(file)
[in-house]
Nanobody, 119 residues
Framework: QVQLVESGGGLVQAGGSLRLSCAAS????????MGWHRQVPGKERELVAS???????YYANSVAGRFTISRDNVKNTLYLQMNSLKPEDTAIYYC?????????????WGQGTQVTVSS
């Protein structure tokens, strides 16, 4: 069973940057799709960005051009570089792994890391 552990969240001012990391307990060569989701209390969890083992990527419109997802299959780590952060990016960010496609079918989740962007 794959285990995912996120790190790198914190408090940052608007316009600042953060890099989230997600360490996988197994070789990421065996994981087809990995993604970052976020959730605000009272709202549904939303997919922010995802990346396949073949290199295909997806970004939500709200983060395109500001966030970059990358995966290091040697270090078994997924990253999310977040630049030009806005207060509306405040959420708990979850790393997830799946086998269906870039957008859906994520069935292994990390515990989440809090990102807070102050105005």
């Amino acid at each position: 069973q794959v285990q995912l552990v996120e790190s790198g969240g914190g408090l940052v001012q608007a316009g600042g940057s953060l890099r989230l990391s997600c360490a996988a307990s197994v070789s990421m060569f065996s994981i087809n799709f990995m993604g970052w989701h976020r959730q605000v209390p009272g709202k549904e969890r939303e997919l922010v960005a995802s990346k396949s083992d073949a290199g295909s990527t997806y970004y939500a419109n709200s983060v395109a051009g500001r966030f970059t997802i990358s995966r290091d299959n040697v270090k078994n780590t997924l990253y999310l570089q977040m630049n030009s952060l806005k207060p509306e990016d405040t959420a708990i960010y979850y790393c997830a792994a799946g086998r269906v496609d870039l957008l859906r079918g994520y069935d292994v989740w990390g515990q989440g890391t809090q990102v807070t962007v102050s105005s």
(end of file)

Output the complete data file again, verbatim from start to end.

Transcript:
[in-house]
Nanobody, 119 residues
Framework: QVQLVESGGGLVQAGGSLRLSCAAS????????MGWHRQVPGKERELVAS???????YYANSVAGRFTISRDNVKNTLYLQMNSLKPEDTAIYYC?????????????WGQGTQVTVSS
């Protein structure tokens, strides 16, 4: 069973940057799709960005051009570089792994890391 552990969240001012990391307990060569989701209390969890083992990527419109997802299959780590952060990016960010496609079918989740962007 794959285990995912996120790190790198914190408090940052608007316009600042953060890099989230997600360490996988197994070789990421065996994981087809990995993604970052976020959730605000009272709202549904939303997919922010995802990346396949073949290199295909997806970004939500709200983060395109500001966030970059990358995966290091040697270090078994997924990253999310977040630049030009806005207060509306405040959420708990979850790393997830799946086998269906870039957008859906994520069935292994990390515990989440809090990102807070102050105005």
């Amino acid at each position: 069973q794959v285990q995912l552990v996120e790190s790198g969240g914190g408090l940052v001012q608007a316009g600042g940057s953060l890099r989230l990391s997600c360490a996988a307990s197994v070789s990421m060569f065996s994981i087809n799709f990995m993604g970052w989701h976020r959730q605000v209390p009272g709202k549904e969890r939303e997919l922010v960005a995802s990346k396949s083992d073949a290199g295909s990527t997806y970004y939500a419109n709200s983060v395109a051009g500001r966030f970059t997802i990358s995966r290091d299959n040697v270090k078994n780590t997924l990253y999310l570089q977040m630049n030009s952060l806005k207060p509306e990016d405040t959420a708990i960010y979850y790393c997830a792994a799946g086998r269906v496609d870039l957008l859906r079918g994520y069935d292994v989740w990390g515990q989440g890391t809090q990102v807070t962007v102050s105005s």